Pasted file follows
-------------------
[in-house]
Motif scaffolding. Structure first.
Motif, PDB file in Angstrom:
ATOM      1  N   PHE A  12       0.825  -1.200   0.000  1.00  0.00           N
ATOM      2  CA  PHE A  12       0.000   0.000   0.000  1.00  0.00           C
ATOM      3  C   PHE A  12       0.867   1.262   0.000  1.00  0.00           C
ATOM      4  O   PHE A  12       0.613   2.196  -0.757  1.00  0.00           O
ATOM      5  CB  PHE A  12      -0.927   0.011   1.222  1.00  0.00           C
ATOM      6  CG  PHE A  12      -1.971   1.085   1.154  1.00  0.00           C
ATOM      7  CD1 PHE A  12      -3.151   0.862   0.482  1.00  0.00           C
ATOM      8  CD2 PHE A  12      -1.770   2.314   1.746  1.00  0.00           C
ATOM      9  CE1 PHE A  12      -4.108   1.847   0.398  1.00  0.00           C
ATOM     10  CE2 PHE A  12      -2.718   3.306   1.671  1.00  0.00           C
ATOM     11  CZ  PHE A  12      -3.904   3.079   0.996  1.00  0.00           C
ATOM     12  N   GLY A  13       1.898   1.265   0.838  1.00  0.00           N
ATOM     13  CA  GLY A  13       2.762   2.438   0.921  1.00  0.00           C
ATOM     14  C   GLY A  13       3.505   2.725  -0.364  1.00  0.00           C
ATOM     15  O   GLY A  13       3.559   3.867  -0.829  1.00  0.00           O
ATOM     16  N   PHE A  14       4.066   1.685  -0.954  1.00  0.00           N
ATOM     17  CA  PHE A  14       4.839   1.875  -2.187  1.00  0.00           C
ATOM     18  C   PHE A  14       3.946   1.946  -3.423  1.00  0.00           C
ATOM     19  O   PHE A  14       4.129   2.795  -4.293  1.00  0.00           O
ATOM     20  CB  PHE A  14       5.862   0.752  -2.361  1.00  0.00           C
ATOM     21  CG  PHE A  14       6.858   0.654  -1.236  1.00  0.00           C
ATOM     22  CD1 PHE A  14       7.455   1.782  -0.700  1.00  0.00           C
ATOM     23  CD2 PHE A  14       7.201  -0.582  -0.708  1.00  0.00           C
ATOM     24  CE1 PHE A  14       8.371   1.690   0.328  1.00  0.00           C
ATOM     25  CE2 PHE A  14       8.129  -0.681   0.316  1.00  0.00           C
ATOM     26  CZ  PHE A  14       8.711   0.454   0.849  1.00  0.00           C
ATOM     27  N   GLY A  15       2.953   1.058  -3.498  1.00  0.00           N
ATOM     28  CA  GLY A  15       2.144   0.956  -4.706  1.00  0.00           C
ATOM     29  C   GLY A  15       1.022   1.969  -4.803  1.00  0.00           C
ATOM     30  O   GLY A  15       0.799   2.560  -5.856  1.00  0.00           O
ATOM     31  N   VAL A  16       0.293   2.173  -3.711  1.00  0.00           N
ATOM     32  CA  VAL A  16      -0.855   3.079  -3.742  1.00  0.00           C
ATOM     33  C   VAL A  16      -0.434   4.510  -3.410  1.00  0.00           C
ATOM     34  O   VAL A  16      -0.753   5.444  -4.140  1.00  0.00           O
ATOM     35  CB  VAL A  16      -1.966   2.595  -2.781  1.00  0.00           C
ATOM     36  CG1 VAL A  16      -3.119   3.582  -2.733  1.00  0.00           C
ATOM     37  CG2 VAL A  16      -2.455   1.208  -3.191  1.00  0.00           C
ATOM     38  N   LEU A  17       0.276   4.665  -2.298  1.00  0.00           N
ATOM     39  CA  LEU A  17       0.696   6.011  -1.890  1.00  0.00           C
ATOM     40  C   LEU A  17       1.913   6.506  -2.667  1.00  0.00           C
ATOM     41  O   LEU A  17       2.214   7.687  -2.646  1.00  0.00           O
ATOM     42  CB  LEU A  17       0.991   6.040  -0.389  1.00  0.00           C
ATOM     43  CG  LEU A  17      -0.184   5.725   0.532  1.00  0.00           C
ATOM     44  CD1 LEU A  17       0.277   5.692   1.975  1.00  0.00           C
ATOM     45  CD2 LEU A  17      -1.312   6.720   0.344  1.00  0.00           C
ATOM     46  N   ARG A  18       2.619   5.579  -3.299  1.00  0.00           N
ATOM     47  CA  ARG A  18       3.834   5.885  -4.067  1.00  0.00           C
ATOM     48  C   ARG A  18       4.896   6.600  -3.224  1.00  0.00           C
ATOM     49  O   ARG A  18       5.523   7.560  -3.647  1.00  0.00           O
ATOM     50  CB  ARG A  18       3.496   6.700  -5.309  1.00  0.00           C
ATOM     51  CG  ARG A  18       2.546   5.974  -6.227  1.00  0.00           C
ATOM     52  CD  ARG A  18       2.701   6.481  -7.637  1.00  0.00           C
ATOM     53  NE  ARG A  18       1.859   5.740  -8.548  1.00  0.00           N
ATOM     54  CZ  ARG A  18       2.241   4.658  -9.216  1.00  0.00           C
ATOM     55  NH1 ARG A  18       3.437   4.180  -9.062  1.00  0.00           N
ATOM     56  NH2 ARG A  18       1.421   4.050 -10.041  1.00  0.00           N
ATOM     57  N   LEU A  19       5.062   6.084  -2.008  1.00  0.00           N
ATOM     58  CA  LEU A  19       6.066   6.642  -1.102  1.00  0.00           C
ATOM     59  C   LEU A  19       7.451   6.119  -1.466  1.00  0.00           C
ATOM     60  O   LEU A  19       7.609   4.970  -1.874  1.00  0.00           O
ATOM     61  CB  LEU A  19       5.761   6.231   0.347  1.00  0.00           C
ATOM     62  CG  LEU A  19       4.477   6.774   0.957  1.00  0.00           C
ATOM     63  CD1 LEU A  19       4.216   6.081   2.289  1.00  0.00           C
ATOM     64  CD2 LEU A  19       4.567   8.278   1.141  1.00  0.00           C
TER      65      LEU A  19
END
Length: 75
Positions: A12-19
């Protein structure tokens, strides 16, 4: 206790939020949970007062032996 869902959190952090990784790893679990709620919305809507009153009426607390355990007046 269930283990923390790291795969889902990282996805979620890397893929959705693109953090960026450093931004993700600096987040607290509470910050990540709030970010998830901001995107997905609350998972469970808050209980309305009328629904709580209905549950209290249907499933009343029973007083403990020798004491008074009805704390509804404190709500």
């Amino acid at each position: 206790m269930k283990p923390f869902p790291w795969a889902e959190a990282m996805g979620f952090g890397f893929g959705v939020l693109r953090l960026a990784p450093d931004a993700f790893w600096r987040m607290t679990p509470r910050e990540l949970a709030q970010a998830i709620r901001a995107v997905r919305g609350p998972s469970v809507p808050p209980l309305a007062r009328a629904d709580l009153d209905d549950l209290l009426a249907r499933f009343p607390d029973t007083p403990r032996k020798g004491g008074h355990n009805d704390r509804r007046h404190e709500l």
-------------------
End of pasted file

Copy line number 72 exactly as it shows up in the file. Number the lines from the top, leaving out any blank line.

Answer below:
């Protein structure tokens, strides 16, 4: 206790939020949970007062032996 869902959190952090990784790893679990709620919305809507009153009426607390355990007046 269930283990923390790291795969889902990282996805979620890397893929959705693109953090960026450093931004993700600096987040607290509470910050990540709030970010998830901001995107997905609350998972469970808050209980309305009328629904709580209905549950209290249907499933009343029973007083403990020798004491008074009805704390509804404190709500």